At school we were told of a medieval philosopher named William of Occam. (Because he grew up in a place whose name is spelt Ockham; they did tell us the strangest things at school). He introduced a principle of logic, first known as Occam’s Razor, more recently as the principle of parsimony, which declared, in effect: “Thou shalt not multiply entities unnecessarily.” (If you have a taste for polysyllables you can call it ontological economy). The rule is valued as one of the necessary conditions of clear thinking and is generally accepted. The left wing, for example, when they undertake to explain the behaviour of society as an outcome of relations between classes, use the minimum number of classes.
Occam’s Razor is usually treated with respect by people writing for serious journals such as the TLS. Usually, but not always In the TLS for 15 Aug 86 the writer of a one-and-a-half column review of a book on the assassination of Gaitan introduces this list of actors and influences:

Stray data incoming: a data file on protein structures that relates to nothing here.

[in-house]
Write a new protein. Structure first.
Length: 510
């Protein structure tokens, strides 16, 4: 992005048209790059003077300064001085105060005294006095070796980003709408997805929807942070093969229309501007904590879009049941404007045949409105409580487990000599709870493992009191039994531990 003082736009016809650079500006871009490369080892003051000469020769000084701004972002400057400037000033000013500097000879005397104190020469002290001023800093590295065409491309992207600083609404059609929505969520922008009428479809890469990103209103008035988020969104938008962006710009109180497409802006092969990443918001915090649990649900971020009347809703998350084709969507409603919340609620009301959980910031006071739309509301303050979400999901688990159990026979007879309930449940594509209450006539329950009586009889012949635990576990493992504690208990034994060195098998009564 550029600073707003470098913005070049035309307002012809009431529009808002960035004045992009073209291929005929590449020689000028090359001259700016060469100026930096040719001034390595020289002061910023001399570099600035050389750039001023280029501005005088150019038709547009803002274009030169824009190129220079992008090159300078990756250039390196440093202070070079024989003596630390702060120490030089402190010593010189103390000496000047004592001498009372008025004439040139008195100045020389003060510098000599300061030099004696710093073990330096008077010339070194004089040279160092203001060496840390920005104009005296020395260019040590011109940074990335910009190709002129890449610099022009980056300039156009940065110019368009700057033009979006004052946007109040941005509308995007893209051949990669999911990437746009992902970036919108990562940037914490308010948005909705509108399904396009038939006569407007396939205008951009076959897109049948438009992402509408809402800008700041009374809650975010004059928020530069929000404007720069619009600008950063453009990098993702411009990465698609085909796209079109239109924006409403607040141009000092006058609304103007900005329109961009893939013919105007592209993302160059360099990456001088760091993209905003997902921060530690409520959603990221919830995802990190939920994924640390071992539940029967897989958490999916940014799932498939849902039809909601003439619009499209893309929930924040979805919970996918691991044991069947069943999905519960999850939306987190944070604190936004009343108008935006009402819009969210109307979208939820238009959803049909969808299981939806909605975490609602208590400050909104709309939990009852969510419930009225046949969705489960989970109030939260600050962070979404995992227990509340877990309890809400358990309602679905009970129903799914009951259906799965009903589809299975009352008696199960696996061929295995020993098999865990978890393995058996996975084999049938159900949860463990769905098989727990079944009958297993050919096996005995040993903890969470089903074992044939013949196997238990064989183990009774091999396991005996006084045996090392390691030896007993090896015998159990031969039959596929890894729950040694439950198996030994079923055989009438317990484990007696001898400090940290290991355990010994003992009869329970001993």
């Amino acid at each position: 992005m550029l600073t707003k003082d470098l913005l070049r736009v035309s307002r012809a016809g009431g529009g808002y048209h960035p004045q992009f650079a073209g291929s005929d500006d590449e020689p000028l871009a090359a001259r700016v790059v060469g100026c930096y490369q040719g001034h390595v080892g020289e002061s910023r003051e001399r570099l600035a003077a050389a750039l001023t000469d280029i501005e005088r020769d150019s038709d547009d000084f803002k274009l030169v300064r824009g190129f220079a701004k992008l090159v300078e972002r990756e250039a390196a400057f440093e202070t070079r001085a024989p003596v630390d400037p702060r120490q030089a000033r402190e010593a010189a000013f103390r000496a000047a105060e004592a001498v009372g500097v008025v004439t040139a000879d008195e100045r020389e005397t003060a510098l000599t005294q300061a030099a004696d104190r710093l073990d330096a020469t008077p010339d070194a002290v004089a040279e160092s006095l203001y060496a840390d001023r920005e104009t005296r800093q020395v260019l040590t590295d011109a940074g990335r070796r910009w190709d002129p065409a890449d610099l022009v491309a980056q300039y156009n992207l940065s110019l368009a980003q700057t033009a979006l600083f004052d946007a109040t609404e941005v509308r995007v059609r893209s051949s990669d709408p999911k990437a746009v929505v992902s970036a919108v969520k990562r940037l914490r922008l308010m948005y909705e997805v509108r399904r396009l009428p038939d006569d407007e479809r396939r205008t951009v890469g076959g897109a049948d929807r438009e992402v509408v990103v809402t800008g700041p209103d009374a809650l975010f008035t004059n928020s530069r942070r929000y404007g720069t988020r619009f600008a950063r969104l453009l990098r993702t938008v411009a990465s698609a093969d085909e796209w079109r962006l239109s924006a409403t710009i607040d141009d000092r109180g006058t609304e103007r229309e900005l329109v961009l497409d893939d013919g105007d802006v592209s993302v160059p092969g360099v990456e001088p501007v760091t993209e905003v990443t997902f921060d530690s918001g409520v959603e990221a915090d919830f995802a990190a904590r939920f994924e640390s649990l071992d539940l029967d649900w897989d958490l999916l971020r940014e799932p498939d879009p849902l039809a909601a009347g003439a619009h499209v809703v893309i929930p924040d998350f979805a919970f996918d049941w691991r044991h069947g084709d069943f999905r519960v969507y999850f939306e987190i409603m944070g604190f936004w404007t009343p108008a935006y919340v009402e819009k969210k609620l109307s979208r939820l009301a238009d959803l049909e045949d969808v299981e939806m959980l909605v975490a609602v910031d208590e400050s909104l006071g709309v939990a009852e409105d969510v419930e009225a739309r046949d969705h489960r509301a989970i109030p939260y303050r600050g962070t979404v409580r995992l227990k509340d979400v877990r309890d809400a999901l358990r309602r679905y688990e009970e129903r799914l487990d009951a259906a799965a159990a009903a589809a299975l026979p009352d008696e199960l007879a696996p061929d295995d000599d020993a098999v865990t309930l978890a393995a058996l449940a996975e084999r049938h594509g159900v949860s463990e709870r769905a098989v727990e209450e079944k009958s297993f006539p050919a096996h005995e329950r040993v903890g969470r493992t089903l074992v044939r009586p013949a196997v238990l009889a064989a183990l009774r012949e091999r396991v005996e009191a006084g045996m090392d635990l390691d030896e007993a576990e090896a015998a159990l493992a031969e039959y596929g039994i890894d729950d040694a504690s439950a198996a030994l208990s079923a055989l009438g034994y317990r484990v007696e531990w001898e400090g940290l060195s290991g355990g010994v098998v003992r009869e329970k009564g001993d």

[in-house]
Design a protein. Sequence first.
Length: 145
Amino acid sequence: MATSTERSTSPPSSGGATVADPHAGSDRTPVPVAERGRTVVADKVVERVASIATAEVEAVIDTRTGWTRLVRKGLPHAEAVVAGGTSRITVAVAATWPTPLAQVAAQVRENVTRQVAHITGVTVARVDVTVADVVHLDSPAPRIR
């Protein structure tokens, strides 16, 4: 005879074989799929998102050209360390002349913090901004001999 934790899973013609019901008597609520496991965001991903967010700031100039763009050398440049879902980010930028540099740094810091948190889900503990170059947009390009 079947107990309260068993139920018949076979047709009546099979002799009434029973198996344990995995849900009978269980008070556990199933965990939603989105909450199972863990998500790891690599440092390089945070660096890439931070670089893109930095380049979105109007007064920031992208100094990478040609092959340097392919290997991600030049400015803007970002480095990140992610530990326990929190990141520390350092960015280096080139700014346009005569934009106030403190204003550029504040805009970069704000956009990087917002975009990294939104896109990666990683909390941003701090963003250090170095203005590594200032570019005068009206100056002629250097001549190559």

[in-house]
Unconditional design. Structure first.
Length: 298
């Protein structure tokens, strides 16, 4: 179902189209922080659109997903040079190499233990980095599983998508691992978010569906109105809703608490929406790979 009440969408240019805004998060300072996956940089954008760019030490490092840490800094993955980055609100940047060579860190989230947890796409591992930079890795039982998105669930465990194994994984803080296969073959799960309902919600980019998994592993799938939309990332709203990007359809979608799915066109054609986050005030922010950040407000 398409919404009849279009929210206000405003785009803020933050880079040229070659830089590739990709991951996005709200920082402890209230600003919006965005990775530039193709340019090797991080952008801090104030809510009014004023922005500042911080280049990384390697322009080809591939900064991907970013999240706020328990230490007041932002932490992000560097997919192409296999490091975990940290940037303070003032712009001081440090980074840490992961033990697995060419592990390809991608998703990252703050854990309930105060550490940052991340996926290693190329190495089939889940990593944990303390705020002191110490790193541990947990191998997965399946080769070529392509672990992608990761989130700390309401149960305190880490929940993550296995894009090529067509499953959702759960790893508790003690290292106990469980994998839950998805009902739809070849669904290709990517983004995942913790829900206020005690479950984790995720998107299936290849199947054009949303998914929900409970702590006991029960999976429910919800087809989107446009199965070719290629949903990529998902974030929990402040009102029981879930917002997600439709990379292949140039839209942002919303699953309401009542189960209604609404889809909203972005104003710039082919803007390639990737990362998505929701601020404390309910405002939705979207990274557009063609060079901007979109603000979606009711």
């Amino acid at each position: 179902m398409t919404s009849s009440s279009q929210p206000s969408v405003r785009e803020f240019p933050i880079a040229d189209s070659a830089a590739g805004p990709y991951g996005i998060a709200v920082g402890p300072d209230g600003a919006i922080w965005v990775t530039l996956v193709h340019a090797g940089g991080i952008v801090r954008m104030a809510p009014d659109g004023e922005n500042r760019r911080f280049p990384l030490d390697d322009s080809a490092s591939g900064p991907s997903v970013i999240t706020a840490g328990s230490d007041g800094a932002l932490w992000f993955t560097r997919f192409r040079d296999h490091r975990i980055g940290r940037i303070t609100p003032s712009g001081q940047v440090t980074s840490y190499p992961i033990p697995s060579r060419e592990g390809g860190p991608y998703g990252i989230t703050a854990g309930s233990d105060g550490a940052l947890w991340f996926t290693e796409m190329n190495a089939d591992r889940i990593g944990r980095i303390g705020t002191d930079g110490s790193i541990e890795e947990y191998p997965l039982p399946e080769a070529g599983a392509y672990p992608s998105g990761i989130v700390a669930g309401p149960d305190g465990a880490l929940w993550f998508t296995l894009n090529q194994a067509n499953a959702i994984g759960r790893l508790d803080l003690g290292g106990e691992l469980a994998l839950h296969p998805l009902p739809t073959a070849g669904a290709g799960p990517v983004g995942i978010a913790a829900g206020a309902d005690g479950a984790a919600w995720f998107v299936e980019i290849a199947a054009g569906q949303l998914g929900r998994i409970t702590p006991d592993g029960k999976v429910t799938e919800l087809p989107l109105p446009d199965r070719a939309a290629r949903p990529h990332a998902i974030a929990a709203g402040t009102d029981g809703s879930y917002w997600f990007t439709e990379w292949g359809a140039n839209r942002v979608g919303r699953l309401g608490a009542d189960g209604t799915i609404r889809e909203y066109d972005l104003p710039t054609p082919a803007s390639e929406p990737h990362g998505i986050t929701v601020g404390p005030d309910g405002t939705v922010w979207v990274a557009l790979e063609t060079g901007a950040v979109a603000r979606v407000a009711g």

The guerillas, a Liberal leader, elected Latin American leaders, the Conservative president of Colombia, Communists, conciliatory Liberals, the Conservative party, the Liberal party, war factions, peace factions, the urban crowd, business men, government and gaitanista leaders, policemen, priests, soldiers, Red Cross volunteers, an amateur film-maker, a professional photographer, rioters, symbols of national and international capitalism, the Jockey Club, the Gun Club, Francoist clergy, educational establishments, radical Liberal ideologues, small property-owners, a self-selecting elite, workers, capitalists, Conservative and Liberal elites, and a military regime.
It’s almost as good as the telephone directory; with a cast like that you don’t need any plot.
from Ideological Commentary 25, January 1987.